I don't know if this looks or tastes like what MommaT was talking about or even what David's daughter in law Stephanie intended. Perhaps she will see this and comment. Thank you Stephanie and David for your interest in creating this bread. Please let me know what you think.


Here is my contribution to the recipe.


Greek Bread with Sesame Seeds


Luke warm water (80F) 1/2 Cup (118g)
2 Tablespoons Olive Oil (30g)
5 Tablespoons warm milk (74g)
1 envelope ID Yeast (6g (2-teaspoons))
2-1/4 Cups AP Flour (304g)
1/2 teaspoon Salt (sea salt, fine grind)

1 egg and 2 T milk for washing before seeds are applied
2-4 T Sesame Seeds, toasted


Hydration 73%


Method as called for in Davids post here
Mix, autolyse, knead and ferment till double. Punch down, shape, slash and wash with egg wash, seeds and proof for 45-60 minutes.
Bake at 400 for 15 minutes, reduce temp to 350 for and additional 15 mins.,steam as normal


Eric


 

Herbsman's picture
Herbsman

Why do my focaccia go stale within 24 hours?

I use a recipe similar to Dan Lepard's for focaccia.



  • 100% flour (obviously)

  • 35% sour starter (100% hydration)

  • 0.74% yeast

  • 2.5% salt

  • 65% water

  • 5% extra virgin olive oil 


When it cools, it's extremely light and fluffy, with HUGE holes in it. The closest you'll ever get to eating clouds. But for some reason, it goes tough and hard within 24h despite being kept in an airtight plastic box.


WTF?! Should I store it differently?


When I make 'dry' bread (i.e. without oil) it stays nice for days on end... sometimes up to a week.  But this is no doubt because it's already dry, so it doesn't matter so much that it's getting drier every day...

xaipete's picture
xaipete

Ciabatta Pizza

Yesterday I tried the ciabatta pizza that trailrunner posted about a week ago. I was very impressed with the results.


The pizza formula has a lot of yeast in it and went through bulk fermentation like a rocket (I had to put it in the fridge to slow it down.) When it had tripled (after about 3 hours in fridge--probably faster but I just let it sit there until I was ready), I heavily floured my counter, literally poured the glutenous dough onto the flour, and then sprinkled more flour on the top. I patted the blob into a circle about 1/2 an inch thick. Then the trick was how to get the blob onto the pan-sprayed parchment. I did the best I could but had to reshape it a bit after it landed. Didn't seem to hurt it any. I topped it with tomatoes and basil (topping basil was an obvious mistake at this point because it dried out in the oven--next time I'll put it on as a garnish; sometimes in the heat of the moment I do stupid things).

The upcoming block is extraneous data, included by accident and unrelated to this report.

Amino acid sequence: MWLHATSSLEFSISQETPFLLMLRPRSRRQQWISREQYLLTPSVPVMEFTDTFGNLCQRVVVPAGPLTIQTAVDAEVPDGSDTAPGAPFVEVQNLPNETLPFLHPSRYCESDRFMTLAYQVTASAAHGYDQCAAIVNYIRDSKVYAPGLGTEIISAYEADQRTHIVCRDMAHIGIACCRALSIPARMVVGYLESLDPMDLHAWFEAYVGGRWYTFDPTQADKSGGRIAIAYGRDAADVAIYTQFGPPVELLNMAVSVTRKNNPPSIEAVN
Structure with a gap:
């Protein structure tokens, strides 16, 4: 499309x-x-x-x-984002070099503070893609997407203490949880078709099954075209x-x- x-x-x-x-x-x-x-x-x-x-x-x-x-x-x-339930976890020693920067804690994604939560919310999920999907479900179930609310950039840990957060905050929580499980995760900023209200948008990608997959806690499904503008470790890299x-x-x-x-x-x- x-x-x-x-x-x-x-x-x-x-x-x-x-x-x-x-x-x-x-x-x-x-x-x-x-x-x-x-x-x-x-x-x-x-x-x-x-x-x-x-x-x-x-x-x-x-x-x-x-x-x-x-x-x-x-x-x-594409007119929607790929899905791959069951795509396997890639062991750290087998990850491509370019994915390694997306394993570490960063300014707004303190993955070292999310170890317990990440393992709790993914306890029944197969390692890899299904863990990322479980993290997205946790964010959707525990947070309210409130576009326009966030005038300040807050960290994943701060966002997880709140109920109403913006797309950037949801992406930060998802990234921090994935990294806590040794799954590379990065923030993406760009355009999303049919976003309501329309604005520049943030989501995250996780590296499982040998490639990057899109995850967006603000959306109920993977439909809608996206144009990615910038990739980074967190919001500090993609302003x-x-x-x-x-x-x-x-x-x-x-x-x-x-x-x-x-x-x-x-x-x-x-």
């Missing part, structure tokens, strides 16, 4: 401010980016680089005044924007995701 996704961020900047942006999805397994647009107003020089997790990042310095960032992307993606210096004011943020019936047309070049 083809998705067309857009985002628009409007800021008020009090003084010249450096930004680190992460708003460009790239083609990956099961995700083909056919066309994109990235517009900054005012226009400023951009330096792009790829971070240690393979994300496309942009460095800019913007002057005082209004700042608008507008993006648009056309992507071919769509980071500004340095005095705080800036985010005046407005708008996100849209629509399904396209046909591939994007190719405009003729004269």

I baked it on a preheated stone on the bottom rack for 8 minutes. (Trailrunner had warned me that I needed to bake the moisture out of the tomatoes and that was good advice.) After taking it out of the oven with my peel, I removed the parchment paper, topped it with some of TJ's marinated rope-type mozzarella, and slid it back in the oven for another 8 minutes. It rose up real nice in the oven and produced a delicate, soft, thickish pizza crust. The pizza as a whole didn't have as much flavor as I was hoping for but my tomatoes weren't home grown (I used an heirloom supermarket variety), so I'm not surprised as the topping was so plain. Next time I think I'll reduce the yeast to 3 g (I used 7 g by mistake) so it will take longer to go through bulk fermentation and perhaps develop a little more flavor. But all and all I was pretty happy with the results. Thanks trailrunner for posting this great pizza!


Topped with tomatoes and ready to go into the oven.



After 8 minutes



After 15 minutes (TJ's cheese had some oil in it so that's why it browned; regular mozzarella probably wouldn't brown.)



Crumb (or is it slice?)




250 g AP flour


227 g water (I might reduce to 210 g next time)


3 g yeast (I misread the recipe and used 7 g by accident)


7 g salt


tomatoes, thinly sliced or halved cherries, or a combination of both


mozzarella cheese, grated or thinly sliced


fresh basil leaves, for garnish


olive oil


kosher salt


Put the flour, water, salt, and yeast in mixer bowl and mix with paddle to incorporate. Let dough rest for 5 minutes to hydrate. Knead with dough hook on speed 2 for 10 minutes. (My dough never formed a ball like trailrunner's so next time I'm going to use a little less water).


Put dough into a container and let triple.


Place dough onto a heavily floured countertop, sprinkle top of dough with flour, and pat into a round about 1/2 inch thick. Transfer dough to pan-sprayed parchment paper, top with thinly sliced tomatoes, and bake on a stone in a preheated 500º oven for 8 minutes to drive off the moisture from the tomatoes and set the dough. Remove pizza and parchment from oven, discard parchment and top with mozzarella cheese. Return pizza to oven and bake until done, about another 7 to 8 minutes.


Garnish with fresh basil leaves, and a light sprinkling of kosher salt and olive oil.


Makes one pizza (serves two people).


The original post is from LilDice.


http://www.thefreshloaf.com/node/3621/quick-rustic-ciabatta-pizza-recipe-full-howto-pics


http://hollosyt.googlepages.com/quickrusticciabattapizza


I also found another link to this pizza with pictures and discussion. NB: the reduced amount of IDY.


http://www.prurgent.com/2009-04-15/pressrelease36039.htm


--Pamela